THE EFFECT OF AGRICULTURAL INTENSIFICATION ON ECOSYSTEM SERVICES AROUND IHEMI CLUSTER

  • A. Sirima College of Forestry, Wildlife and Tourism, Sokoine University of Agriculture, Tanzania
  • J.J.Kashaigili College of Forestry, Wildlife and Tourism, Sokoine University of Agriculture, Tanzania
  • F. Kamau The Nature Conservancy, Africa Regional Office, Nairobi, Kenya
Keywords: ecosystem services, biodiversity loss, agricultural intensification, Ihemi cluster.

Abstract

As the world population continue to increase, the demand for food also increases which necessitate the need for agricultural intensification. Agricultural intensification affects large parts of terrestrial area, therefore, assessment of its contribution to the decrease of ecosystem services is critical for successful conservation in the future. A study was conducted in five districts of Iringa and Njombe Regions, part of Ihemi cluster, to assess the effects of agricultural intensification on ecosystem services.  A total of 607 household surveys and 19 Focus Groups discussions were conducted. Descriptive and cross tabulation were used for quantitative analysis while content analysis was used for qualitative data. Findings reveal that there are several benefits communities get from the ecosystem that play a great role on their livelihood. Across all villages, firewood is preferred due to its affordability and availability. Other ecosystems goods such as traditional medicine and mushrooms are hardly available due to clearing of land for agricultural activities, as well as settlement expansion.  Community activities, such as valley bottom farming was mentioned as a practice that jeopardize the long-term sustainability of ecosystem resources within the Cluster. Agricultural intensification by investors was also mentioned as a sources of ecosystem depletion. Sustainable agricultural intensification, if adopted, might be one among the solutions to serve the ecosystem around the cluster.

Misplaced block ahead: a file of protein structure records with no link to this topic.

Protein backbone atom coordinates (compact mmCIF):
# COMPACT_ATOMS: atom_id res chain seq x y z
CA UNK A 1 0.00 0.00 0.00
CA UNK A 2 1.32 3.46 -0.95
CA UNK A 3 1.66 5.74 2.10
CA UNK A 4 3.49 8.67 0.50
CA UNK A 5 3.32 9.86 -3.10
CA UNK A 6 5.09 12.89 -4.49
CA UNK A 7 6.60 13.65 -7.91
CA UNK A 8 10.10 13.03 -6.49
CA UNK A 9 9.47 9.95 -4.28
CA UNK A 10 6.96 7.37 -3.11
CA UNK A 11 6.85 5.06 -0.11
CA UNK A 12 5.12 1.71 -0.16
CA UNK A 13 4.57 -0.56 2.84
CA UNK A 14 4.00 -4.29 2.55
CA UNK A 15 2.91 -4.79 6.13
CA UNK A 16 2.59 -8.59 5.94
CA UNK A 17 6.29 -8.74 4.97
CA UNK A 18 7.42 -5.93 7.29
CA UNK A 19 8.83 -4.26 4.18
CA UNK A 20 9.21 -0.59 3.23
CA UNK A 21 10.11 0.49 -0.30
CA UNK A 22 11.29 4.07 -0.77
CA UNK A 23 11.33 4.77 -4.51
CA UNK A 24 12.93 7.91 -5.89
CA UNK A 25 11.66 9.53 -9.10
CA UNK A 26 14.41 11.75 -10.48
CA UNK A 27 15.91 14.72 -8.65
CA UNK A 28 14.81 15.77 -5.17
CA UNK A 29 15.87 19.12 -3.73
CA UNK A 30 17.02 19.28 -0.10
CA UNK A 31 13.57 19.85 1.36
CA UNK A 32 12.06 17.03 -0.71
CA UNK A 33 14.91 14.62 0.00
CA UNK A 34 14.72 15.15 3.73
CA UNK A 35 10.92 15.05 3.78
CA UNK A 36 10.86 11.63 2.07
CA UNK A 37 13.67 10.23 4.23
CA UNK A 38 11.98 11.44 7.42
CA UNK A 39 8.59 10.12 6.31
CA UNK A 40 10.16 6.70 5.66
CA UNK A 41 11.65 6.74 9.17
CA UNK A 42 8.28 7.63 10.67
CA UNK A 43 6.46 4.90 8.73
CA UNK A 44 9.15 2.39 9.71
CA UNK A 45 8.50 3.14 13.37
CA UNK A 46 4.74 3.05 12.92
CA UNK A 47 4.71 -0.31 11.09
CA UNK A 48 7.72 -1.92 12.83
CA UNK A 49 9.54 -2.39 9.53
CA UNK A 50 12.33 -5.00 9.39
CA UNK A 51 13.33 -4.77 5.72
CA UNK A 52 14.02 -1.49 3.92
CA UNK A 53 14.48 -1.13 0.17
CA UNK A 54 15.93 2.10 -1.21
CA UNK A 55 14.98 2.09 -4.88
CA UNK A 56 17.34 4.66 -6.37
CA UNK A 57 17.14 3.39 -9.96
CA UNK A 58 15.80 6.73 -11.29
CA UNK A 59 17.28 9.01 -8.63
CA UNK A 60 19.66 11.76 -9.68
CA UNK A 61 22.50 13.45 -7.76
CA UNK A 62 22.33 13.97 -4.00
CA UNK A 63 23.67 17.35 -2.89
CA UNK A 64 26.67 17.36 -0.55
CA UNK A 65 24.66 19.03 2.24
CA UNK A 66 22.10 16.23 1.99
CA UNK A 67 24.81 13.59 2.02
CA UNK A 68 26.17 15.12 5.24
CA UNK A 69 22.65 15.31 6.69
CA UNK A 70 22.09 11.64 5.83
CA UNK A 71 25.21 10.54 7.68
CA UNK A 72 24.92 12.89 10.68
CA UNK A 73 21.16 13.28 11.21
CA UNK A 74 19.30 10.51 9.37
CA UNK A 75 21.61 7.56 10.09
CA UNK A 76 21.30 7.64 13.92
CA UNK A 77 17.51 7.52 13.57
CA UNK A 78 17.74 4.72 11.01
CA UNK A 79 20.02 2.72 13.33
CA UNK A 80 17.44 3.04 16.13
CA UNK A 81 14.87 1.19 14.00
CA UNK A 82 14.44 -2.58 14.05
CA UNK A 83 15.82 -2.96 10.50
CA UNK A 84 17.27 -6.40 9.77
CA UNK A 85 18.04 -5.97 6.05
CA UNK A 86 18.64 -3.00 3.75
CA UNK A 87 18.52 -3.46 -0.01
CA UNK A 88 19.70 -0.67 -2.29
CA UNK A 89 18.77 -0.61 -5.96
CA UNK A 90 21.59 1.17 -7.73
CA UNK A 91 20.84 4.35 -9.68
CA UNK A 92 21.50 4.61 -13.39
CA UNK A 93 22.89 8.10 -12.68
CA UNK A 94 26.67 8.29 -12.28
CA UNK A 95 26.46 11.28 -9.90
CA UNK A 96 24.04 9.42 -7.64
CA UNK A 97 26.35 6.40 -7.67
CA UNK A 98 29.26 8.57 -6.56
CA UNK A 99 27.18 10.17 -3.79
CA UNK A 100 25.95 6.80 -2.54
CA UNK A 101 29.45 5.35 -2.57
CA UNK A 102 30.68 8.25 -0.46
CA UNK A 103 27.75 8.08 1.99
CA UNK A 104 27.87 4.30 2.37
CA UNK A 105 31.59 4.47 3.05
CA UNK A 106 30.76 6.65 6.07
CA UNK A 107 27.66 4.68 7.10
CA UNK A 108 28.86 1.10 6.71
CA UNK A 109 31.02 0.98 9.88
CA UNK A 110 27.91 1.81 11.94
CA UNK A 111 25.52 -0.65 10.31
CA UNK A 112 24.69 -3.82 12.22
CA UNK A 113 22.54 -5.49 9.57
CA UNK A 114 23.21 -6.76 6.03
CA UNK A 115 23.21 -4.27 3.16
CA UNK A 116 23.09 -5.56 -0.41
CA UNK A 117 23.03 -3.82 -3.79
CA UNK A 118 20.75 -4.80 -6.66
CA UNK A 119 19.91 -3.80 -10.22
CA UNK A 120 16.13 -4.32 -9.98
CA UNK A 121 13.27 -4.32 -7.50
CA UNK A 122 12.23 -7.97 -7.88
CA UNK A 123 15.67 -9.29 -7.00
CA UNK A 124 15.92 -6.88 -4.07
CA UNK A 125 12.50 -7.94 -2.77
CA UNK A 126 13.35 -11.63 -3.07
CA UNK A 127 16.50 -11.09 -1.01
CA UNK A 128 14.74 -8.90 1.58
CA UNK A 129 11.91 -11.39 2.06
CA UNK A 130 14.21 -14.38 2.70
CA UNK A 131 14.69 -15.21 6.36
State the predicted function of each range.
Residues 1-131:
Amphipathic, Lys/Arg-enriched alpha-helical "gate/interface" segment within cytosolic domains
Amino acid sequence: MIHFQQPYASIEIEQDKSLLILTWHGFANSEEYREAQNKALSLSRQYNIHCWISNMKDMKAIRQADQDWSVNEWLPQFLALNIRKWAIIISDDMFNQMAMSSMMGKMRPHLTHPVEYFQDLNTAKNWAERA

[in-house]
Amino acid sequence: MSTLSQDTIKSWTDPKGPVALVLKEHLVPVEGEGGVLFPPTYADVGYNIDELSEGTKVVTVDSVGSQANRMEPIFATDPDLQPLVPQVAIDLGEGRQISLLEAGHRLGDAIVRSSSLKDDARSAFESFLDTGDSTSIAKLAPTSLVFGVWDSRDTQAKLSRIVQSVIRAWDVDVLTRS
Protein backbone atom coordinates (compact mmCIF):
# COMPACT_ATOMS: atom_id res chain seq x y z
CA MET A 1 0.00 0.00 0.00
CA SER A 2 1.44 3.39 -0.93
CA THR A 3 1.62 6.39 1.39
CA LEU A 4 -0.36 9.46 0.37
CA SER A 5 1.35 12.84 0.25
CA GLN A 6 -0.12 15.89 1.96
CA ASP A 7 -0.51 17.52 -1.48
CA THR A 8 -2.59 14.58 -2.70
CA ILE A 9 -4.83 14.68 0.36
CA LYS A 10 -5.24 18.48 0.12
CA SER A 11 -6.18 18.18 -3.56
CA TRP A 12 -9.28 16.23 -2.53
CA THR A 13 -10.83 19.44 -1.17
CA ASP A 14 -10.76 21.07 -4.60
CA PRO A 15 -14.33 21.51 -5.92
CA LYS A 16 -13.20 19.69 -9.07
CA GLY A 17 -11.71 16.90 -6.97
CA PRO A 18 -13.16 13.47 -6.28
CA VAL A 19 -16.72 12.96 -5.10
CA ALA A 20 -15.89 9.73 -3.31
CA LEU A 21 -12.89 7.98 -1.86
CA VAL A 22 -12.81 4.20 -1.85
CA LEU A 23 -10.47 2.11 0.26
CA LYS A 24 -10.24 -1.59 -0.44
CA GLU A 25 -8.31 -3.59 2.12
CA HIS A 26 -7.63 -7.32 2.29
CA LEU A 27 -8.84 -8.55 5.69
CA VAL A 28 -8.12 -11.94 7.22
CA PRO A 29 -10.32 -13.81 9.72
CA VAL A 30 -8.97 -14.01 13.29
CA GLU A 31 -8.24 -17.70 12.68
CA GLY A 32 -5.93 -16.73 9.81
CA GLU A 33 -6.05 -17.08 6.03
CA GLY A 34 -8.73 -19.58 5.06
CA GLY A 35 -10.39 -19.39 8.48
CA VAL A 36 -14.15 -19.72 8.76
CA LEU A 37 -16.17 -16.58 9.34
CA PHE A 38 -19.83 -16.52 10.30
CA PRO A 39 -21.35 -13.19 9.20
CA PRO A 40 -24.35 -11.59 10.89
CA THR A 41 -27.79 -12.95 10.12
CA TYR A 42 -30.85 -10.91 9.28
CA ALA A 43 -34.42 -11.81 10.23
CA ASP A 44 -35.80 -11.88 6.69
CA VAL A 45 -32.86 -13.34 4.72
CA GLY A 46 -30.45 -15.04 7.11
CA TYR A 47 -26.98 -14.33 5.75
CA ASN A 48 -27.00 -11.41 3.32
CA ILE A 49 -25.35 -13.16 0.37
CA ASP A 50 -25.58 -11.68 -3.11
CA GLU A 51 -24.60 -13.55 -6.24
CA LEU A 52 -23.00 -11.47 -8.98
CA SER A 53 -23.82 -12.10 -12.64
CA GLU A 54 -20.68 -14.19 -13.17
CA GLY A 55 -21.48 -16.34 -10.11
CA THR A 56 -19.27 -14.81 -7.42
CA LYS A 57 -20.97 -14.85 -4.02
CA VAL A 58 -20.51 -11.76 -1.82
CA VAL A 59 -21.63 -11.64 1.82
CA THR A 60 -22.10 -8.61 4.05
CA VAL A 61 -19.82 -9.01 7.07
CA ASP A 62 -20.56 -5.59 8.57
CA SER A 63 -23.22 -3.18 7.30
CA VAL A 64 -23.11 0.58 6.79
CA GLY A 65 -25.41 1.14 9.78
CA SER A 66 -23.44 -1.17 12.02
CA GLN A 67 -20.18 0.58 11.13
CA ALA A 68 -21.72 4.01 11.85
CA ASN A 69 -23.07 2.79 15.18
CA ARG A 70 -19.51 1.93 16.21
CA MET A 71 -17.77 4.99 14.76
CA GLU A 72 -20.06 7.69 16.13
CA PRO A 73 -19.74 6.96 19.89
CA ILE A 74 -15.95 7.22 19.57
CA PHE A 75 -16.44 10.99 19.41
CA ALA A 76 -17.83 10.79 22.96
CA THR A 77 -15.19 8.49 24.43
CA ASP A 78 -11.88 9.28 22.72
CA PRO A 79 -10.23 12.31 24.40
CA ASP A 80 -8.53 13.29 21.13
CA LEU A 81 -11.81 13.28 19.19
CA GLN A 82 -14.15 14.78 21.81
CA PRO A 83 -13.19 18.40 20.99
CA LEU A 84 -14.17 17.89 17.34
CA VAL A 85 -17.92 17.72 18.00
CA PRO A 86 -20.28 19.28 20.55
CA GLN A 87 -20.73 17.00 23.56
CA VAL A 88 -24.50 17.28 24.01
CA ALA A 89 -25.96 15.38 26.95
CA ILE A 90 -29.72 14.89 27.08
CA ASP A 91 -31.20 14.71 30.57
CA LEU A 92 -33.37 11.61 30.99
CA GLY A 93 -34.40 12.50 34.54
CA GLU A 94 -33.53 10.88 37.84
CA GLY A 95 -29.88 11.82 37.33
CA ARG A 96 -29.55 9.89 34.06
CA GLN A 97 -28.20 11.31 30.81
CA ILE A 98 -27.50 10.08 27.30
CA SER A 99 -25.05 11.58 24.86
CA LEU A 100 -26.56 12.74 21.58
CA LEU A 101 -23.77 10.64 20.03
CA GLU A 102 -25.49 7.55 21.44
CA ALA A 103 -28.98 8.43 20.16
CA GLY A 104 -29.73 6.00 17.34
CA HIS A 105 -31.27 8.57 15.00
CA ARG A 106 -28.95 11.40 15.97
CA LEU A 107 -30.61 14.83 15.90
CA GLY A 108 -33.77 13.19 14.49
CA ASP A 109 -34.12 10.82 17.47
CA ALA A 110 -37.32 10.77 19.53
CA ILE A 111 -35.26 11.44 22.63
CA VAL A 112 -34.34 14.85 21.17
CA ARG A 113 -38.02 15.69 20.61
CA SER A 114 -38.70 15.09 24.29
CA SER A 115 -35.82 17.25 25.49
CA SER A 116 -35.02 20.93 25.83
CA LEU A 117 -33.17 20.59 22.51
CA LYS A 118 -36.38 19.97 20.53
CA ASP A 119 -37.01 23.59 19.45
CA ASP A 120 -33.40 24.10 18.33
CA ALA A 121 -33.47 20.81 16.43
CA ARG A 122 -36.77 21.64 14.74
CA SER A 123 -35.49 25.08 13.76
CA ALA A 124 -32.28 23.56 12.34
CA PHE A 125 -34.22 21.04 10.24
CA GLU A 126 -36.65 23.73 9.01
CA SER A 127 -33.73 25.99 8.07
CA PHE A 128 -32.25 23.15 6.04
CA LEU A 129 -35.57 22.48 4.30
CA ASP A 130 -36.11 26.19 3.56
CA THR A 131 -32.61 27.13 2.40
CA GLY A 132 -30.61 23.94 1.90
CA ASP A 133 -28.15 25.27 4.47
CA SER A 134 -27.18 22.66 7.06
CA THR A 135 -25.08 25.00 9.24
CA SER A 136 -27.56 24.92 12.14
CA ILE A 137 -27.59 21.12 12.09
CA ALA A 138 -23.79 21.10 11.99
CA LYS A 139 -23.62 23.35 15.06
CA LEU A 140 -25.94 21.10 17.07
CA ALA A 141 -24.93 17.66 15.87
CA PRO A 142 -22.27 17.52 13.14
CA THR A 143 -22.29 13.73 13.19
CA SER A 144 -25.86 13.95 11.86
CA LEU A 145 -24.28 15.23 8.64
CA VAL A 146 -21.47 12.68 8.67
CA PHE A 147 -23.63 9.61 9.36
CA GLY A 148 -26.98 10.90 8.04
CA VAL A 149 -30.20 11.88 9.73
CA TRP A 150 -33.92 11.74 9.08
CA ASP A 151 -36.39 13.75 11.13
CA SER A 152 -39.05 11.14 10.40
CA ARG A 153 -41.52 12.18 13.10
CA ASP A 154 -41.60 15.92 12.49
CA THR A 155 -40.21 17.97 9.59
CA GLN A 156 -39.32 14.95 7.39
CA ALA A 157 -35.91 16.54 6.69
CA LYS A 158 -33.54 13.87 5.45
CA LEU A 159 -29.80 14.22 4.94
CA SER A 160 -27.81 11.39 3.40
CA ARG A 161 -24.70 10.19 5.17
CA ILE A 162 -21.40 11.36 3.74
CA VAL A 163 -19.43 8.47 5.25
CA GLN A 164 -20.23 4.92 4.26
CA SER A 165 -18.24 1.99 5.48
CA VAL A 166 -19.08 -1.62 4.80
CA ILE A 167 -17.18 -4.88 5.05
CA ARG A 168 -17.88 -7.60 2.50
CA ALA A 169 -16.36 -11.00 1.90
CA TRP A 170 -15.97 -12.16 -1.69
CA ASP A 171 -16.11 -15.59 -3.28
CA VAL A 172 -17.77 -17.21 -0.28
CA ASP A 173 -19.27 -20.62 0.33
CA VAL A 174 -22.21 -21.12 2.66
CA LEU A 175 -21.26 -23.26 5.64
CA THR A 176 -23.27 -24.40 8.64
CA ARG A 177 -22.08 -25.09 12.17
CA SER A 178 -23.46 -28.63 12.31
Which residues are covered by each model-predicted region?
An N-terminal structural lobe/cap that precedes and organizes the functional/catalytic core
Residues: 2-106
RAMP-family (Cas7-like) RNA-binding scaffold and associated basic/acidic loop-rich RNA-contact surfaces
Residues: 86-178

Published
2021-01-28
Section
Articles

Journal Identifiers


eISSN: 2408-8137
print ISSN: 2408-8129